Tit for tat?
Coincidence, perhaps. But given the history, it could well be tit for tat.
Teachers preclude anarchy in the kindergarten
“Remember the new girl in my class?” the kindergartener said. “She hit me.”
The father, being a student of conflict, was naturally interested in conflict among students. The kindergartener had caught his attention.
“And what did you do then?” he asked.
“I told the teacher. And the teacher scolded her,” the kindergartener replied, expecting appreciation. The father worried that this kid was falling into the maternal sphere of influence. It was time for a lesson on deterrence and balance of power.
“You should have hit her right back”, he said. “And then complained to the teacher.”
“What?” She half-suspected that the father was pulling her leg. Noticing that he was serious she went on. “But I told the teacher and the teacher scolded her and told her never to hit me again.”
The father moved to press home the most important point. “If she knows that you’ll hit her back, she’ll think twice before hitting you. Even when the teacher is not around.”
“What if she hits me harder?” The father vaguely remembered something about the new girl being bigger in size and older than the rest.
“Well, then, you hit her back just as hard.”
“Pappa, but then we’ll be fighting…like boys!”
And she ran out of her father’s study.
Related Link: Lessons in strategy from a kindergartener
China’s unfriendliness is revealing
A sign of the nature of a relationship between countries is the manner in which they officially communicate displeasure. So when the Chinese government calls in the Indian ambassador at 2am, to hand her details of plans by Tibetan protesters to disrupt the movement of the Olympic torch in India, you know what the Chinese think about the nature of bilateral relationship. China might have reason to be angry. That it chose to be demonstrate unfriendliness reveals that it believes the proper way to handle India is through overreaction and bullying.
India responded by cancelling Commerce Minister Kamal Nath’s trip to China. The unwritten rules of the game would have suggested tit-for-tat: that the Chinese ambassador be summoned at 2am and handed some inane document. (But where’s the joy is having to meet a Chinese diplomat at 2am? Asking Mr Kamal Nath to cancel his tickets was easier. In any case, the Chinese ambassador, expecting to be called in at an ungodly hour, must have spent the night in his suit, waiting for the call that didn’t come. Not calling him, arguably, was more punishing than calling him in)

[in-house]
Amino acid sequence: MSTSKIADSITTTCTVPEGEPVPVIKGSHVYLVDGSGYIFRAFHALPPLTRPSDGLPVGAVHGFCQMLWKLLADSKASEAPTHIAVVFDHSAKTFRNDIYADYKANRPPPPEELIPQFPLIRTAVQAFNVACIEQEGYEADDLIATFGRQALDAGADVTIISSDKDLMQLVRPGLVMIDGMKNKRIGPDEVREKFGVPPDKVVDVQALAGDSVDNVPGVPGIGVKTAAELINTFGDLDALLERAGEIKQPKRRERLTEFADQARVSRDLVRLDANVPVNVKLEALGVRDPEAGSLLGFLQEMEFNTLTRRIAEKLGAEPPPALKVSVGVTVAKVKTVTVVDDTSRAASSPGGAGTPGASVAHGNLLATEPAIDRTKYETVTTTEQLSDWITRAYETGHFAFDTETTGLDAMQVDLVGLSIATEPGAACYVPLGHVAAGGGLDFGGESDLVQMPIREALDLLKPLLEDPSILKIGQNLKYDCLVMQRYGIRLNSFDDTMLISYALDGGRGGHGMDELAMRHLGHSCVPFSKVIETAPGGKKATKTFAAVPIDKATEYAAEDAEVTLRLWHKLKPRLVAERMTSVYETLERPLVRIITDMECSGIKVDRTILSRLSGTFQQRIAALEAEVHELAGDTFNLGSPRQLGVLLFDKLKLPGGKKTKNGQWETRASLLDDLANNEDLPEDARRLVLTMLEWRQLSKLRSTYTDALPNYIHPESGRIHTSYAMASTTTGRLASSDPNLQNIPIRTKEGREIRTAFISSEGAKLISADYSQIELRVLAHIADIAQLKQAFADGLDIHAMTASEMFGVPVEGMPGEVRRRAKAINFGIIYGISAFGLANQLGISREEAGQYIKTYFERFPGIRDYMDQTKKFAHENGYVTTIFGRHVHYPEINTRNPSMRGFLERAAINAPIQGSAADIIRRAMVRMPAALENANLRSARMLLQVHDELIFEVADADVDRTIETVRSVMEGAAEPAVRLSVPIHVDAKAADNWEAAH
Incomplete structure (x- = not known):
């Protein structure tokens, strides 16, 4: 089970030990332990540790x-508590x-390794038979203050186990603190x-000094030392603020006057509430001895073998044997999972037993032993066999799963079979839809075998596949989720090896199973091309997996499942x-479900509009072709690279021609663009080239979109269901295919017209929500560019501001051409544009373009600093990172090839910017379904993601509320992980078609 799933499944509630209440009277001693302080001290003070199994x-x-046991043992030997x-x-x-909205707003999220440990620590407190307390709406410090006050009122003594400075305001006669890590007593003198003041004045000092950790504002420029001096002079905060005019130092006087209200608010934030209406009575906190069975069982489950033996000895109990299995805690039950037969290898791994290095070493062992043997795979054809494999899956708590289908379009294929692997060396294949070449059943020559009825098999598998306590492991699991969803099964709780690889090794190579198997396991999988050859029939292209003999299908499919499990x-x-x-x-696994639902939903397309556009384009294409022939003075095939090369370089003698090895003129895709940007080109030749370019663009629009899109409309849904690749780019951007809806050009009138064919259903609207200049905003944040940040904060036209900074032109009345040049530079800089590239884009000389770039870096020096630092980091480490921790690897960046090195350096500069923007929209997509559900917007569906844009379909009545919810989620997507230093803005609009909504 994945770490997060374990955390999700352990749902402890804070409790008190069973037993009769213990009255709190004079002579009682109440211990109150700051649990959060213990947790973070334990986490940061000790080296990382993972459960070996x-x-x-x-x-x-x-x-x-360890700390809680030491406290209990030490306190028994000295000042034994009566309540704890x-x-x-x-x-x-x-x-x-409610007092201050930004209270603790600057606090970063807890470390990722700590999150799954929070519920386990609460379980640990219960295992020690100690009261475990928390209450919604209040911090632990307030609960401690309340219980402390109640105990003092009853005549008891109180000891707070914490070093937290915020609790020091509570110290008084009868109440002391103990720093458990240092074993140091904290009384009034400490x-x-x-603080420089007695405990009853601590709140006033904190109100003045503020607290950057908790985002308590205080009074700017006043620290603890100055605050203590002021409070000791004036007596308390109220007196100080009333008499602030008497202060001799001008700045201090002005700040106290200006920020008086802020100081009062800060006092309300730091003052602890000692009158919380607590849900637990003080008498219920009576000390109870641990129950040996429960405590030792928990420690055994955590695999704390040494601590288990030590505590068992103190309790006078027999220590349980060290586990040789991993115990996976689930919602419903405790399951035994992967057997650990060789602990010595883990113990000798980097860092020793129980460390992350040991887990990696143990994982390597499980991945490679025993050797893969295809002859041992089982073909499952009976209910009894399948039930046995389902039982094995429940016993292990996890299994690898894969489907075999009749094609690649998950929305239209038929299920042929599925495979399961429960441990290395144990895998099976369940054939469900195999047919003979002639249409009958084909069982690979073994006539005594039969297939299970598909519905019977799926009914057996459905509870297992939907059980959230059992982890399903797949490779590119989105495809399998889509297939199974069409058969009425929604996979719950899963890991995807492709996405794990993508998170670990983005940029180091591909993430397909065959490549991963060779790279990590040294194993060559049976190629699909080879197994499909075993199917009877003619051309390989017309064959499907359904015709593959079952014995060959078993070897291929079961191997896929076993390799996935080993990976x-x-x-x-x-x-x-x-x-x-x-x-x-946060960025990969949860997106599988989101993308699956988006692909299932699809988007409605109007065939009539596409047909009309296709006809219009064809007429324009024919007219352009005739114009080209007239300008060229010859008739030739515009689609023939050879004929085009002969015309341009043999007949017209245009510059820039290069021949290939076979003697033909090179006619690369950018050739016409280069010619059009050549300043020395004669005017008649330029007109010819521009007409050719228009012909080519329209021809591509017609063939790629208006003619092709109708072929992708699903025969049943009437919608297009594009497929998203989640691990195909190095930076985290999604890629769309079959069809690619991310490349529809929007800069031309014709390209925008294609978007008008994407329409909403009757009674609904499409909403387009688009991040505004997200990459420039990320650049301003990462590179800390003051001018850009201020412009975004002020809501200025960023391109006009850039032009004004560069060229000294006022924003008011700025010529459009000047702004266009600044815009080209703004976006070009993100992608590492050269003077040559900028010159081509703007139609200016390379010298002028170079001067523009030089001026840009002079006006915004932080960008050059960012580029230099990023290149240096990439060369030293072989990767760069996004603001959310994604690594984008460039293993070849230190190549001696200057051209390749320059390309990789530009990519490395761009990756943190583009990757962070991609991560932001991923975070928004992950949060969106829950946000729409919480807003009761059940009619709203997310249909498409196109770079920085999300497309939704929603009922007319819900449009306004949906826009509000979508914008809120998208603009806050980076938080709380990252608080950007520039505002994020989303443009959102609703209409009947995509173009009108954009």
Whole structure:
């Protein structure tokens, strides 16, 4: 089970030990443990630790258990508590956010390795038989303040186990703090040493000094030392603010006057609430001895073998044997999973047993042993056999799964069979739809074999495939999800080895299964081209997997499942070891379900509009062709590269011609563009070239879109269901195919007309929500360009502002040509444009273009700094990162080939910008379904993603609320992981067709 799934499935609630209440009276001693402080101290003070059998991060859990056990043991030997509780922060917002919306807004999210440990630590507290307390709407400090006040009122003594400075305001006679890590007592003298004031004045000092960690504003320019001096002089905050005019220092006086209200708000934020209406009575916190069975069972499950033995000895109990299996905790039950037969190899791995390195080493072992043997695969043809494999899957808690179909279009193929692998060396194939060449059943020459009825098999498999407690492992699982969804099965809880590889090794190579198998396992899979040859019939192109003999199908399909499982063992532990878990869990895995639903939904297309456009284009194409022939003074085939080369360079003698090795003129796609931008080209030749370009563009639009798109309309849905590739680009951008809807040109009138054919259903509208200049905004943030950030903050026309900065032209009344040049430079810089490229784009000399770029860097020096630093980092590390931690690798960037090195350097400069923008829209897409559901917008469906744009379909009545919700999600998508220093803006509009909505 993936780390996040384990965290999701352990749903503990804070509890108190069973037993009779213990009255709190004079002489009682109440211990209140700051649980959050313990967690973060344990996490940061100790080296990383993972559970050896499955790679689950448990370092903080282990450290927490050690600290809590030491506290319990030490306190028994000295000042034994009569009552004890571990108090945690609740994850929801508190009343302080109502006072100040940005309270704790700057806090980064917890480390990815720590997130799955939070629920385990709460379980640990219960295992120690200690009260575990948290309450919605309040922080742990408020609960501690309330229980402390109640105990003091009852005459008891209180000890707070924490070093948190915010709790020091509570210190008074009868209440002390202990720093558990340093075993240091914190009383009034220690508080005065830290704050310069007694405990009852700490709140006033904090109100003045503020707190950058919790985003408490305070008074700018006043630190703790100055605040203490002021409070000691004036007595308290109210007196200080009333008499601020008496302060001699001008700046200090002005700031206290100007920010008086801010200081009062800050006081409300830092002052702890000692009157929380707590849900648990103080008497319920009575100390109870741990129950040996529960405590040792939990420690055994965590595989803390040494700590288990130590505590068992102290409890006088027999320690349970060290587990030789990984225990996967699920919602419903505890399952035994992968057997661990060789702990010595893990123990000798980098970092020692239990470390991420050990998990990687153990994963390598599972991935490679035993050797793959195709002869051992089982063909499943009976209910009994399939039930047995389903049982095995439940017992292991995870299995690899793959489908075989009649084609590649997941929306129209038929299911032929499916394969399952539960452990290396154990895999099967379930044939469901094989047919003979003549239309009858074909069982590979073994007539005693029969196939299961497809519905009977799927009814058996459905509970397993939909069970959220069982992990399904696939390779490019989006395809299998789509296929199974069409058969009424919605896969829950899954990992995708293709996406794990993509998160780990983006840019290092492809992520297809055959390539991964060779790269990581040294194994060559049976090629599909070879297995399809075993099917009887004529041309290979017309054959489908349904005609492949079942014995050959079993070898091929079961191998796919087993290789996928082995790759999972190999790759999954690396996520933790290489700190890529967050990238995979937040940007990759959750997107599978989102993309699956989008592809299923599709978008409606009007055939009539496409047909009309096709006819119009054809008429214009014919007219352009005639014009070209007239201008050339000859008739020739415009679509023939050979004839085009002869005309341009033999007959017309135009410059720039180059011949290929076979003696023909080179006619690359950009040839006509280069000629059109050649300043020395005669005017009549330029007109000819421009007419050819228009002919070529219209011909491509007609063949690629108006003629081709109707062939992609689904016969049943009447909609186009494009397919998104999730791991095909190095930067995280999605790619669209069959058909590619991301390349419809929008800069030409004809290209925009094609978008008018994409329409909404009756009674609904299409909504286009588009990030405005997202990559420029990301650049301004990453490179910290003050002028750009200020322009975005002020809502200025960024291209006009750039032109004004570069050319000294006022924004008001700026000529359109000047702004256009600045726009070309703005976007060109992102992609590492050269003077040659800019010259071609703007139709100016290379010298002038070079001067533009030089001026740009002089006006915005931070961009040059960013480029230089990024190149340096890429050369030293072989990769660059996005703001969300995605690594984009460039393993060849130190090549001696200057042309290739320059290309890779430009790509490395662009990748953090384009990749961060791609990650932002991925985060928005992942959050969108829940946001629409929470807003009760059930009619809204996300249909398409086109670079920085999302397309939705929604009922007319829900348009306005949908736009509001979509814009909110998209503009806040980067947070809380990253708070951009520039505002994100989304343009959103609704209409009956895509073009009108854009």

China has escalated its diplomatic offensive. The first round was when Premier Wen Jiabao issued a disguised warning. In the second round, the disguise has come off. But it’s a bad move: as the UPA government’s decision to call off Kamal Nath’s trip shows, bullying is the worst strategy China could take against India. Even its mouthpieces can’t generate enough propaganda to prevent public opinion from massively turning against Beijing. China would do well to conduct its business at normal working hours.
Update: Read Tarun Vijay’s op-ed
Mr Thackeray’s actions are an opportunity to understand how competitive intolerance might be defeated
Excerpts from my op-ed piece in today’s Mail Today:
The state itself —and increasingly under the UPA government — has, in addition to caving in to intolerance, frequently indulged in unnecessary conscience-keeping that is at once laughable and abominable.
Raj Thackeray obviously knows this. His recent invective against “North Indians” living in Maharashtra is only the latest escalation in a grand arms race being played out across the length and breadth of the country. If the political system rewards those who mobilise people along parochial lines, the popular media obfuscates divide-and-rule politics by wrapping it in the language of vote-banks, secularism and social justice. So the juggernaut of competitive intolerance rolls on, unchecked.
So doesn’t this mean that we need curbs on freedom of speech? Couldn’t much of the violence been prevented if Raj Thackeray’s party magazine had simply been banned and television news channels censored?
Not quite. Newspaper reports and incessant coverage by television channels only brought the drama into our drawing rooms. But the banning of its house publication would not have deterred Mr Thackeray’s sena in its mission, for the action channel for political mobilisation and street violence works independently.
On the contrary, laws abridging freedom of speech have created incentives for the political use of intolerance.
Faced with a choice between taking “action” against an offending writer or facing down a mob of rioters, it is likely that a rational government official — from district magistrate to home minister — will choose the former. It works this way because the government official has the choice.